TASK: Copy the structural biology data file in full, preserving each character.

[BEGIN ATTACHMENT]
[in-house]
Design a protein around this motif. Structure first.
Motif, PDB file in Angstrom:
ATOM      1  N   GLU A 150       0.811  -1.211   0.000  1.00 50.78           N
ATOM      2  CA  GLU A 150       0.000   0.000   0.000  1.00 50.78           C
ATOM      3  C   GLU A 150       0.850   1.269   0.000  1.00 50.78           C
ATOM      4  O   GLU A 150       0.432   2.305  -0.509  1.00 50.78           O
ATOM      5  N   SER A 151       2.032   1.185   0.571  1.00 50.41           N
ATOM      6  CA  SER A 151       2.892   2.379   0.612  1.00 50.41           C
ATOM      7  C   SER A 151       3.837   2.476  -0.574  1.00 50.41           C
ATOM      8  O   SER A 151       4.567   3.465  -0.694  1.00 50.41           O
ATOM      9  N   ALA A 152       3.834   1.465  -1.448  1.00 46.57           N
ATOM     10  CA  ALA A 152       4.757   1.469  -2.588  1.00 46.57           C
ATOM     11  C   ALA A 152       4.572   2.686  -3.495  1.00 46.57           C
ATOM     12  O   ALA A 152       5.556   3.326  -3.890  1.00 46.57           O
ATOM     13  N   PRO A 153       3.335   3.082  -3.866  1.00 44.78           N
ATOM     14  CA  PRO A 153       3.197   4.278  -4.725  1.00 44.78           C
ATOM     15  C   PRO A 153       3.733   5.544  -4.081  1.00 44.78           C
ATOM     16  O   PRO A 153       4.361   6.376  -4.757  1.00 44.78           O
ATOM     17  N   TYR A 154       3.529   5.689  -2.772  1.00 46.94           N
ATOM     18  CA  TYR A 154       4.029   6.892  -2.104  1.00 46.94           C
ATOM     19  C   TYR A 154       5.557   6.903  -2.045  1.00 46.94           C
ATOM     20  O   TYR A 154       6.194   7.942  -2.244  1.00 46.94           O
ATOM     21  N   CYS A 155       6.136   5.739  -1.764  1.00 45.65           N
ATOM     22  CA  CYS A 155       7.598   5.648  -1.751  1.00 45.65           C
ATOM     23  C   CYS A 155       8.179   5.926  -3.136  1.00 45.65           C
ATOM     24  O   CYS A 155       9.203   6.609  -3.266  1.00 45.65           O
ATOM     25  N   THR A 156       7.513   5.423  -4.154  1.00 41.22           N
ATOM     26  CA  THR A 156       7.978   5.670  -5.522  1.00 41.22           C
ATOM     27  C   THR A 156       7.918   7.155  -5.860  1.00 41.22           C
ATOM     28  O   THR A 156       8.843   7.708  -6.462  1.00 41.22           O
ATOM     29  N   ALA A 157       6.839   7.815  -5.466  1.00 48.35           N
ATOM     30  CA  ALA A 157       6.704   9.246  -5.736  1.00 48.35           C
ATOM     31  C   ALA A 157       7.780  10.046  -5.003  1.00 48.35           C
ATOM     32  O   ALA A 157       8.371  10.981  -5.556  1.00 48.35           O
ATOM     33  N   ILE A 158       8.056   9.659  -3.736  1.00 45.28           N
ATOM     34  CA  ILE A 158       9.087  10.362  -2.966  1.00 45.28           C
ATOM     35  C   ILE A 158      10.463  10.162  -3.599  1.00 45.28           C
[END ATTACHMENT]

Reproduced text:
[in-house]
Design a protein around this motif. Structure first.
Motif, PDB file in Angstrom:
ATOM      1  N   GLU A 150       0.811  -1.211   0.000  1.00 50.78           N
ATOM      2  CA  GLU A 150       0.000   0.000   0.000  1.00 50.78           C
ATOM      3  C   GLU A 150       0.850   1.269   0.000  1.00 50.78           C
ATOM      4  O   GLU A 150       0.432   2.305  -0.509  1.00 50.78           O
ATOM      5  N   SER A 151       2.032   1.185   0.571  1.00 50.41           N
ATOM      6  CA  SER A 151       2.892   2.379   0.612  1.00 50.41           C
ATOM      7  C   SER A 151       3.837   2.476  -0.574  1.00 50.41           C
ATOM      8  O   SER A 151       4.567   3.465  -0.694  1.00 50.41           O
ATOM      9  N   ALA A 152       3.834   1.465  -1.448  1.00 46.57           N
ATOM     10  CA  ALA A 152       4.757   1.469  -2.588  1.00 46.57           C
ATOM     11  C   ALA A 152       4.572   2.686  -3.495  1.00 46.57           C
ATOM     12  O   ALA A 152       5.556   3.326  -3.890  1.00 46.57           O
ATOM     13  N   PRO A 153       3.335   3.082  -3.866  1.00 44.78           N
ATOM     14  CA  PRO A 153       3.197   4.278  -4.725  1.00 44.78           C
ATOM     15  C   PRO A 153       3.733   5.544  -4.081  1.00 44.78           C
ATOM     16  O   PRO A 153       4.361   6.376  -4.757  1.00 44.78           O
ATOM     17  N   TYR A 154       3.529   5.689  -2.772  1.00 46.94           N
ATOM     18  CA  TYR A 154       4.029   6.892  -2.104  1.00 46.94           C
ATOM     19  C   TYR A 154       5.557   6.903  -2.045  1.00 46.94           C
ATOM     20  O   TYR A 154       6.194   7.942  -2.244  1.00 46.94           O
ATOM     21  N   CYS A 155       6.136   5.739  -1.764  1.00 45.65           N
ATOM     22  CA  CYS A 155       7.598   5.648  -1.751  1.00 45.65           C
ATOM     23  C   CYS A 155       8.179   5.926  -3.136  1.00 45.65           C
ATOM     24  O   CYS A 155       9.203   6.609  -3.266  1.00 45.65           O
ATOM     25  N   THR A 156       7.513   5.423  -4.154  1.00 41.22           N
ATOM     26  CA  THR A 156       7.978   5.670  -5.522  1.00 41.22           C
ATOM     27  C   THR A 156       7.918   7.155  -5.860  1.00 41.22           C
ATOM     28  O   THR A 156       8.843   7.708  -6.462  1.00 41.22           O
ATOM     29  N   ALA A 157       6.839   7.815  -5.466  1.00 48.35           N
ATOM     30  CA  ALA A 157       6.704   9.246  -5.736  1.00 48.35           C
ATOM     31  C   ALA A 157       7.780  10.046  -5.003  1.00 48.35           C
ATOM     32  O   ALA A 157       8.371  10.981  -5.556  1.00 48.35           O
ATOM     33  N   ILE A 158       8.056   9.659  -3.736  1.00 45.28           N
ATOM     34  CA  ILE A 158       9.087  10.362  -2.966  1.00 45.28           C
ATOM     35  C   ILE A 158      10.463  10.162  -3.599  1.00 45.28           C